Jan 30, 2009

Installing Microsoft Office 2007 in Ubuntu 8.10


This post chronicles my attempts to install Microsoft Office on my linux box in the office in order be able to read and possibly edit files that people send to me in Microsoft formats. I now think that given third party format supported by Microsoft Office (particularly sun's odf plugin) and the difficulties I encountered, installing it should not have priority for me.

My professor finally has the odf import/export extensions to Microsoft Office installed, so we can use open document format to exchange files.

Ok, WTF! So, why not? (carnal weakness)

It's a long time ago since I used any Microsoft application on a computer at work. I use OpenOffice if I have to (to collaboratively edit texts with my supervisors) or use latex, which usually gives visually better results. Now what to tell your boss if he says "You can't edit the template of my presentation? Oh, the problem is that you don't have Powerpoint!"

I didn't want to go into explanations for the xth time that the problem was the proprietory format of Powerpoint. Stupid me, instead I promised to install some version of Microsoft Office (we have licenses of 2007). Sometimes you get into problems with OpenOffice and I thought an installation of Microsoft Office might help me to open and change some files that are incompatible with OpenOffice.

My professor had asked me to install him Linux for Windows (something like wubi, ubuntu under windows), so I guess that would be a quid pro quo.

Although there have been stories on slashdot detailing the ease of installation, these seemed rather hyped. At the time of writing, a bug in the wine, the linux windows emulator, do not make it pleasurable to use Microsoft Office on linux.

I run Ubuntu 8.10, intrepid. A good explanation can be found on this page on programmerfish.

Ok, so the university has a license for Microsoft Office and I can install wine to run certain windows applications under linux. In the wine database I found that for my linux distribution, ubuntu 8.10, intrepid ibex, the office installation should run without a problem and that powerpoint and word should run, even though I might need the newer version of wine, 1.1.13.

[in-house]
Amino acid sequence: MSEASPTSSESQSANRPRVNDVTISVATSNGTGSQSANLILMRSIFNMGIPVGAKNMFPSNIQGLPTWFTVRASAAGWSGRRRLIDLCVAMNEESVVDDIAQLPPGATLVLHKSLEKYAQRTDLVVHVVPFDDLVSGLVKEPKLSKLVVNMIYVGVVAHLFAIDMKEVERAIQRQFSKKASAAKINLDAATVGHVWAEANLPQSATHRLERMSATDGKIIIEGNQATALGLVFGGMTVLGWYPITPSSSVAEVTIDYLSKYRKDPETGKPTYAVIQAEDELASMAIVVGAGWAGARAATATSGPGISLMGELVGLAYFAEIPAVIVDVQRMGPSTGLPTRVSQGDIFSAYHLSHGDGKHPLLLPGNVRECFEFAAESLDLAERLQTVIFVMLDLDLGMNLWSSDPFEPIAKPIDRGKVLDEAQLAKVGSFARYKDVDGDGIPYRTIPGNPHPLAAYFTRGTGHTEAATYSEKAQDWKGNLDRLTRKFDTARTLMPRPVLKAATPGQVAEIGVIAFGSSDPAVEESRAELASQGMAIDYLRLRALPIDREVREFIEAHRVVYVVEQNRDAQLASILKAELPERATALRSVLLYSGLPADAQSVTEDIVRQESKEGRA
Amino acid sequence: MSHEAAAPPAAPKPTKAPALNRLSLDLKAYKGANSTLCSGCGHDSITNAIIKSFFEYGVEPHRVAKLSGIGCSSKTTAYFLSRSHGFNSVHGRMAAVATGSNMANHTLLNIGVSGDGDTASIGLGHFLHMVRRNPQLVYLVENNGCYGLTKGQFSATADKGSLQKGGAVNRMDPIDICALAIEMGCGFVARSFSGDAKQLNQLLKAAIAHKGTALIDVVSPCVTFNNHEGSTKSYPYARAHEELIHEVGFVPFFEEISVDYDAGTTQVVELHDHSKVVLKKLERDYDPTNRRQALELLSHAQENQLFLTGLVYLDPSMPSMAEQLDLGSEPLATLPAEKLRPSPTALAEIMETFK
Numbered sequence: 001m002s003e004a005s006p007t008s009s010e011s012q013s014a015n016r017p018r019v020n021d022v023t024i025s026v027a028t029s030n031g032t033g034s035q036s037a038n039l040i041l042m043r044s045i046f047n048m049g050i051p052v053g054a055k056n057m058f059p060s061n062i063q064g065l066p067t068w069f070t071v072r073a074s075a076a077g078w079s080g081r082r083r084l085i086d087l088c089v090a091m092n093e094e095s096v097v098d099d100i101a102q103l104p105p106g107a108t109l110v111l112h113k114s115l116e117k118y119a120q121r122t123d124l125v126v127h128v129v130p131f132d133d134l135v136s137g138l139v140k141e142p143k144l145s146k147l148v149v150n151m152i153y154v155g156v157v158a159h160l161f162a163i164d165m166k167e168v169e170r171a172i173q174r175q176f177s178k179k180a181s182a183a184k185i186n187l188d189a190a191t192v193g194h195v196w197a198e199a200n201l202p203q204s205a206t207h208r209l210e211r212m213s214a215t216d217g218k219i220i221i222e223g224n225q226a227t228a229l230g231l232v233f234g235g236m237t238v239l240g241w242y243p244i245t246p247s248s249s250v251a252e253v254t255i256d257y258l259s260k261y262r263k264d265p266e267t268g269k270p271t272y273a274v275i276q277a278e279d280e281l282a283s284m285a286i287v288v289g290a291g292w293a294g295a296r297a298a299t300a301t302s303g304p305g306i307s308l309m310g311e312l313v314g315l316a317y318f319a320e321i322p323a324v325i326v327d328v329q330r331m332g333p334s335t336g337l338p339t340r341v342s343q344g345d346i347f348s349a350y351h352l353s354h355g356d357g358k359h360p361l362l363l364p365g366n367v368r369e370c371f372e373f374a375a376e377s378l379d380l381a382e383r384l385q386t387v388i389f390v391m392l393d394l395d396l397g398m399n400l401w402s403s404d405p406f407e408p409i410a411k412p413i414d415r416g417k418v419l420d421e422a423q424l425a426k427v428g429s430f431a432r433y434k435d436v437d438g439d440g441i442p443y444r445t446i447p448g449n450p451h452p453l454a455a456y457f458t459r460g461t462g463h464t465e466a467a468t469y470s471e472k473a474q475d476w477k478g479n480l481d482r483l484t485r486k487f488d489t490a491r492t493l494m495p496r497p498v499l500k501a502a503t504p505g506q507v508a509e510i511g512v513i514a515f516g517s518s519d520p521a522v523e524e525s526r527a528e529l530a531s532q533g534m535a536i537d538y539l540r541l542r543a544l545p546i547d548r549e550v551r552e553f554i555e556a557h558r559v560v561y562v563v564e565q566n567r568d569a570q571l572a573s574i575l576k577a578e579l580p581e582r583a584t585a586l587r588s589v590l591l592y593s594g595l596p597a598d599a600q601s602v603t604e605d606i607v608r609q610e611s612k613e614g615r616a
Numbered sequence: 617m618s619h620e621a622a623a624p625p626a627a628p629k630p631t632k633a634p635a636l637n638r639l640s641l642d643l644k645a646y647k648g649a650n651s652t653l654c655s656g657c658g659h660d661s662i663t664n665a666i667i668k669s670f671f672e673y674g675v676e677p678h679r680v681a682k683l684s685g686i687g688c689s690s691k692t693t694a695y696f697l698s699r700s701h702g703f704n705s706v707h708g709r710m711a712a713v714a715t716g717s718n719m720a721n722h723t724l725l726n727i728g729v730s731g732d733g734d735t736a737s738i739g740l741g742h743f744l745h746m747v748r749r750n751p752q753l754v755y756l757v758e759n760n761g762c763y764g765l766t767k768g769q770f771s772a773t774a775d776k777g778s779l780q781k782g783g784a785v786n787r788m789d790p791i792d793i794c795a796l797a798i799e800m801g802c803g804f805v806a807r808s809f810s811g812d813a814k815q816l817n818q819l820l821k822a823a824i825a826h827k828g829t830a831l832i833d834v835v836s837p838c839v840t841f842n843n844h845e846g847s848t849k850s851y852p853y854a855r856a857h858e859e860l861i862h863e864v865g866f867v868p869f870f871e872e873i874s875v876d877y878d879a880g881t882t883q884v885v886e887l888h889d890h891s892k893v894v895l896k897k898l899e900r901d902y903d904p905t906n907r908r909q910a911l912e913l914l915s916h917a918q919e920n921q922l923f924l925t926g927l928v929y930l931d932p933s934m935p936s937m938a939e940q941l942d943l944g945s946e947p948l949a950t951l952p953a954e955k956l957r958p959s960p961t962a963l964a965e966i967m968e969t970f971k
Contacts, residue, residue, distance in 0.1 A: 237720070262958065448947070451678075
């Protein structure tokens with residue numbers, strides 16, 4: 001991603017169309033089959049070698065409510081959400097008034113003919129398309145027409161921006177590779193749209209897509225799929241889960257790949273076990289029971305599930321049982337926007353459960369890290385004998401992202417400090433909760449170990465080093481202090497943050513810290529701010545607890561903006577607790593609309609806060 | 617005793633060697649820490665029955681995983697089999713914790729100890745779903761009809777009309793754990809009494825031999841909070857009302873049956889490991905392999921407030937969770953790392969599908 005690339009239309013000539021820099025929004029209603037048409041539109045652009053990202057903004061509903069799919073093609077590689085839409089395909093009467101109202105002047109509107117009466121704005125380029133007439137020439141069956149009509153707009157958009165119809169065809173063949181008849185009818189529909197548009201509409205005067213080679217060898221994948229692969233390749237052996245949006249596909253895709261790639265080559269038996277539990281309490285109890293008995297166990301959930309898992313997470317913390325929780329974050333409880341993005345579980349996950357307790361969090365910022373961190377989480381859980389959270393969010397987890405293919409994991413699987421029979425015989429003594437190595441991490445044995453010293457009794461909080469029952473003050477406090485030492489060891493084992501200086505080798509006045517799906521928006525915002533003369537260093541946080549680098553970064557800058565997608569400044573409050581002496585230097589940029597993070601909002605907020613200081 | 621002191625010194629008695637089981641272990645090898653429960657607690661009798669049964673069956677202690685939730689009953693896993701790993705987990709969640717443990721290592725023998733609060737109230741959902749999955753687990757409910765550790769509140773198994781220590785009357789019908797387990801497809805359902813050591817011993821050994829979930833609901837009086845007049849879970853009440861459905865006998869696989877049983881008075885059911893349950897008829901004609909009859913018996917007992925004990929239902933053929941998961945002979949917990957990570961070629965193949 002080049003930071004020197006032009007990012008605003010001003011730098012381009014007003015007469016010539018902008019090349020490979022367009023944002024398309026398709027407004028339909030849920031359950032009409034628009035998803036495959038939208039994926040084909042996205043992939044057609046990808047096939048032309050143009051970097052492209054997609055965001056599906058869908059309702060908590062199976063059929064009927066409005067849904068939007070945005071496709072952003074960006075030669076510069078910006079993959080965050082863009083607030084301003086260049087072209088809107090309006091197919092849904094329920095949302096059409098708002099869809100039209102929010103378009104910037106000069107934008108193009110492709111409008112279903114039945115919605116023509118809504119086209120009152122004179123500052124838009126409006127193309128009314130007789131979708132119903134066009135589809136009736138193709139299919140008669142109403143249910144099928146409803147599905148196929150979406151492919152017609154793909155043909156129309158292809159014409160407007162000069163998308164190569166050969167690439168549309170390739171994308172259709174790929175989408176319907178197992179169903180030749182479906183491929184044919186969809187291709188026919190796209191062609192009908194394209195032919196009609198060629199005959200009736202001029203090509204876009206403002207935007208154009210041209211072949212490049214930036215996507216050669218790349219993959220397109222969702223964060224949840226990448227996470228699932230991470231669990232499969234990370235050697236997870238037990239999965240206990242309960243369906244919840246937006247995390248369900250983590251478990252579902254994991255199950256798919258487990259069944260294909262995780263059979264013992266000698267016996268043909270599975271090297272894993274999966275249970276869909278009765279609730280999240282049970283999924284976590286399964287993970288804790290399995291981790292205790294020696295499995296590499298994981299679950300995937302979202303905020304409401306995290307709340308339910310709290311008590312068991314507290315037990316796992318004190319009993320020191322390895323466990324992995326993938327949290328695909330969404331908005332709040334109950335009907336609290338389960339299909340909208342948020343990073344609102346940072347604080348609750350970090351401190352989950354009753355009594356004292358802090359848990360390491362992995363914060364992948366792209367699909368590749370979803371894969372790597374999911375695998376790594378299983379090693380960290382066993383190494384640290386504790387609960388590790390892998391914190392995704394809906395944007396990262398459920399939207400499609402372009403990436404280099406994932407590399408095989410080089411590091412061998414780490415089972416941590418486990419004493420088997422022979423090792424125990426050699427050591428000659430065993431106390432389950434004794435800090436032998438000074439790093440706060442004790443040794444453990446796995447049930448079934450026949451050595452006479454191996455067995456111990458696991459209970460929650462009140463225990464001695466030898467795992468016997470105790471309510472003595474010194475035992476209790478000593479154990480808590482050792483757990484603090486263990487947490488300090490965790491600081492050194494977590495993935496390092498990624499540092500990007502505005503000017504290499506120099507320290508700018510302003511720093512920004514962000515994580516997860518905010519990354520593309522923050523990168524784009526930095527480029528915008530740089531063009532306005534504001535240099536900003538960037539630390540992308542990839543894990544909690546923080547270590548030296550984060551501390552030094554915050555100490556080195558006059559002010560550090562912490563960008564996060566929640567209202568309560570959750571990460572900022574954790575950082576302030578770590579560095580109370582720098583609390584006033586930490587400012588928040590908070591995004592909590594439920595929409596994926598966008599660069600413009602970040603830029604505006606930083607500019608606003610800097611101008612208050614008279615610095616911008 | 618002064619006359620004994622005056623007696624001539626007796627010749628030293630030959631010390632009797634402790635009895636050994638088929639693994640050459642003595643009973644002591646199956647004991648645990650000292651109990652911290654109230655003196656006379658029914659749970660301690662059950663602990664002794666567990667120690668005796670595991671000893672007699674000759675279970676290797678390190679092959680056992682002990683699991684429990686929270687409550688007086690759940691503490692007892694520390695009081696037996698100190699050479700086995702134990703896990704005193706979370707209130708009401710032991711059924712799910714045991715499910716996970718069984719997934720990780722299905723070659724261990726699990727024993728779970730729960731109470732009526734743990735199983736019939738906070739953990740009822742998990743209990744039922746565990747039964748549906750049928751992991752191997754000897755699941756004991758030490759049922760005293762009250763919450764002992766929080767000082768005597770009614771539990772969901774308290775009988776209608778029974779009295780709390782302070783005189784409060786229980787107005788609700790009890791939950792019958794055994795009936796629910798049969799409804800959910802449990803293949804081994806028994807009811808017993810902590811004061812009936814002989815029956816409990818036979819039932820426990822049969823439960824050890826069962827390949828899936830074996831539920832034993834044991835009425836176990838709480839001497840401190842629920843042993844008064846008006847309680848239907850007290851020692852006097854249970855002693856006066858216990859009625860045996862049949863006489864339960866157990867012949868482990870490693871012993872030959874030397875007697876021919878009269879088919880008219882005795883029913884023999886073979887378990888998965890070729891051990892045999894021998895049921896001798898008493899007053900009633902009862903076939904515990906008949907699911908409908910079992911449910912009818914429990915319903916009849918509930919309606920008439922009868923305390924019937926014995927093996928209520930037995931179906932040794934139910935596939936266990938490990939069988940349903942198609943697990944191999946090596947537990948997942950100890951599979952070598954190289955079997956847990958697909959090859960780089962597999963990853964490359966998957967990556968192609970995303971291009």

It was really easy to setup Microsoft Office. I only had to change the configuration of wine a little. Problem is it crashes every few seconds.


In order to have always the last version of wine include the winehq repository for intrepid:
> wget -q http://wine.budgetdedicated.com/apt/387EE263.gpg -O- | sudo apt-key add -
> sudo wget http://wine.budgetdedicated.com/apt/sources.list.d/intrepid.list -O /etc/apt/sources.list.d/winehq.list

After updating (apt-get update) you should always have access to the last versions of wine.

In order to have always the latest version of OpenOffice (and have hopefully less compatibility problems with Microsoft Office) follow the instructions here and here.

Make sure you install the help of openoffice. In ubuntu the package name is openoffice.org-help-en-us.

Jan 22, 2009

Accessing Virtual Private Networks with Juniper

In an earlier post I lamented how difficult it was to connect to the computer on my work place by ssh and the complete lack of support from the responsible IT department. In the same post I showed how to connect to the virtual private network at work by a ssh reverse tunnel. A meeting with a guy from the IT department later, there seem to have some changes and it seems to be actually possible to connect using the juniper network connect software (thanks to our group's own new IT guy for his help!). Now with juniper, you get assigned an internal IP address to your machine at home and can use ssh with your machines at work.